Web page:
Programmed cell death (apoptosis) is essential to maintain homeostasis within living organisms and is controlled by a variety of intra- and extra-cellular signals. Activation of the death receptor CD95 (also known as Fas or Apo-1) by its physiological ligand, CD95 ligand (Fas ligand), leads to apoptosis in many tissues and is especially important in the immune system.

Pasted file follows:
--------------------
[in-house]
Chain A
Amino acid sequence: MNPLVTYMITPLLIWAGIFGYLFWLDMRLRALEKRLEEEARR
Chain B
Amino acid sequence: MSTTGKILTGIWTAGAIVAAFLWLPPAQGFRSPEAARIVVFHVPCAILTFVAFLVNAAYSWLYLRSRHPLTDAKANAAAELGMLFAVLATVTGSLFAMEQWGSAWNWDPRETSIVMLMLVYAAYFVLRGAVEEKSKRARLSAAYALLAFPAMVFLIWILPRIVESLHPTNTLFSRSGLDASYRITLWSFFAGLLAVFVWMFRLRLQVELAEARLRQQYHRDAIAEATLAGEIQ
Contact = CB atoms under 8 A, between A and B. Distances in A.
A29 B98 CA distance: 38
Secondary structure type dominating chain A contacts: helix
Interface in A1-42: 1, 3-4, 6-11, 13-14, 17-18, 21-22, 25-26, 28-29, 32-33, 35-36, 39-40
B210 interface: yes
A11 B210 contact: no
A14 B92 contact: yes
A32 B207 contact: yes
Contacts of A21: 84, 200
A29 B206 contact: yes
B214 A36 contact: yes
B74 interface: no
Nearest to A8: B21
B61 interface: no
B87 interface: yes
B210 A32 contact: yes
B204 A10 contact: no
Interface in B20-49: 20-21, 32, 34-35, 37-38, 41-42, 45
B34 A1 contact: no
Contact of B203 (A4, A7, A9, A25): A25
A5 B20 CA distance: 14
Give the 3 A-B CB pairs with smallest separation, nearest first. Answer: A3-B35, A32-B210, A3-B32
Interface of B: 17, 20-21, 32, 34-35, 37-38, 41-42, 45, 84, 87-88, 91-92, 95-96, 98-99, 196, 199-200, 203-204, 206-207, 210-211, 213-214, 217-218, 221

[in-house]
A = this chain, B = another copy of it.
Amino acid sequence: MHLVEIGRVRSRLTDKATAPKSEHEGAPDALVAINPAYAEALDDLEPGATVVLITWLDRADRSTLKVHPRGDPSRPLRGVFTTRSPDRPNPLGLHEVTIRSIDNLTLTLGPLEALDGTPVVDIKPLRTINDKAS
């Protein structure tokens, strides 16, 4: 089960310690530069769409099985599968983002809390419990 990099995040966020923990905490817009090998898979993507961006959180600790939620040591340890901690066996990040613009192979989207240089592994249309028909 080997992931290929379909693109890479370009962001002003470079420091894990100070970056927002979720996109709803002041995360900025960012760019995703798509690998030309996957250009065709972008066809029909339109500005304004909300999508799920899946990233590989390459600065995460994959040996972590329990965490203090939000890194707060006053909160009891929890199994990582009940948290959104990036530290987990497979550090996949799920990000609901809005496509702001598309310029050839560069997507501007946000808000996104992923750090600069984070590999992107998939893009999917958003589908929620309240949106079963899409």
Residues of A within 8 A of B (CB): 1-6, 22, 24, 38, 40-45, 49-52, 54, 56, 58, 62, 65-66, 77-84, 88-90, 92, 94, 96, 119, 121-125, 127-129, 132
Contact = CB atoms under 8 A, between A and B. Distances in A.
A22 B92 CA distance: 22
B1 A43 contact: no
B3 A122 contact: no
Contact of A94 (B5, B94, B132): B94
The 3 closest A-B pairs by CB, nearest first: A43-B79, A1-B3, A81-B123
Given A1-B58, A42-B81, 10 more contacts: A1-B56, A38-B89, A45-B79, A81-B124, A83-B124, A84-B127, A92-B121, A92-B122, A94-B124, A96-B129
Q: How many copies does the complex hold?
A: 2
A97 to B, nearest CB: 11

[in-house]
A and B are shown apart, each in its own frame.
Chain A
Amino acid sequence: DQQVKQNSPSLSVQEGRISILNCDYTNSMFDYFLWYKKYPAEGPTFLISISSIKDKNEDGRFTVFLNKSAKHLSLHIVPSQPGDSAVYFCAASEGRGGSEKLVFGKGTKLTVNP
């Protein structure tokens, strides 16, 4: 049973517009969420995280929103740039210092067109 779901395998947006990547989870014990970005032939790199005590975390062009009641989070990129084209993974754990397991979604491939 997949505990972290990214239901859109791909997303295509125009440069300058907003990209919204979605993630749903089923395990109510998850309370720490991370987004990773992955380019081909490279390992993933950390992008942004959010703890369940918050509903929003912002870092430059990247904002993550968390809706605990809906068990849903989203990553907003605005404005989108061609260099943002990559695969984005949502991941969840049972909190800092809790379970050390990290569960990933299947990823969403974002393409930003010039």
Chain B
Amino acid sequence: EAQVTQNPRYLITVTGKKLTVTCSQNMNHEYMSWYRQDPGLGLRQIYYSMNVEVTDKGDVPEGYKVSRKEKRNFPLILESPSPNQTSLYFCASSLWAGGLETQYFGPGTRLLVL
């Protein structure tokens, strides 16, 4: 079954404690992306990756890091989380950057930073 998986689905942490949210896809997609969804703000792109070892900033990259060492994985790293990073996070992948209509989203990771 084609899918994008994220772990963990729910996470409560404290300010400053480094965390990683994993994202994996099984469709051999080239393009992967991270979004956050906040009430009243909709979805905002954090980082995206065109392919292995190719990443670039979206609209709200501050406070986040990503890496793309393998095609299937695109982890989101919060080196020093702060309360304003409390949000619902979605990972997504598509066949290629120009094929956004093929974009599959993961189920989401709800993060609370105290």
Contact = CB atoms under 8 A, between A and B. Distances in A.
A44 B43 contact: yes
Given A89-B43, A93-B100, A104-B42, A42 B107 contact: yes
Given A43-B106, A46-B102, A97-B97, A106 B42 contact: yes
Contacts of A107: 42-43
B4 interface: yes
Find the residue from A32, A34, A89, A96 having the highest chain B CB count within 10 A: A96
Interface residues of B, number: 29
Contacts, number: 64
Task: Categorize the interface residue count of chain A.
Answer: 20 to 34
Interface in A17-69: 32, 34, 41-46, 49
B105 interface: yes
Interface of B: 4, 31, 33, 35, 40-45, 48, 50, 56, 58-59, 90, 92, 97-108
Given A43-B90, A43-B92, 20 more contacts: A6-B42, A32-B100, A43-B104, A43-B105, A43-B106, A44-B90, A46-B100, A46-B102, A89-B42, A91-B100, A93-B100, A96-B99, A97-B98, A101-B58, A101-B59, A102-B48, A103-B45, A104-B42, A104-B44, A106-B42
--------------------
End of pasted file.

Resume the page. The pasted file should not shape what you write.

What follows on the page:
Resistance to apoptosis is also key to the survival of malignant cells but the role of CD95 in cancer progression is complex: although the down-regulation of CD95 that is frequently observed in tumour cells could contribute to their survival, complete loss of CD95 is rare in human cancers. On the other hand, many cancer cells express large quantities of CD95 and are highly sensitive to CD95-mediated apoptosis in vitro. Cancer patients often have high levels of CD95 ligand, suggesting that CD95 could perhaps promote the growth of tumours through non-apoptotic activities. Scientists from the University of Chicago and Northwestern University Feinberg School of Medicine have further investigated the role of CD95 in several human cancer cell lines and in mouse models of liver and ovarian cancer. Cancer cells – regardless of their sensitivity to CD95-mediated apotosis – were found to produce CD95 ligand and to depend on constitutive activity of CD95 for optimal growth. In the mouse models, deletion of CD95 reduced both the incidence and size of tumours. In further studies, the tumour promoting activity of CD95 was shown to be mediated by pathways involving JNK and Jun but not caspase-8.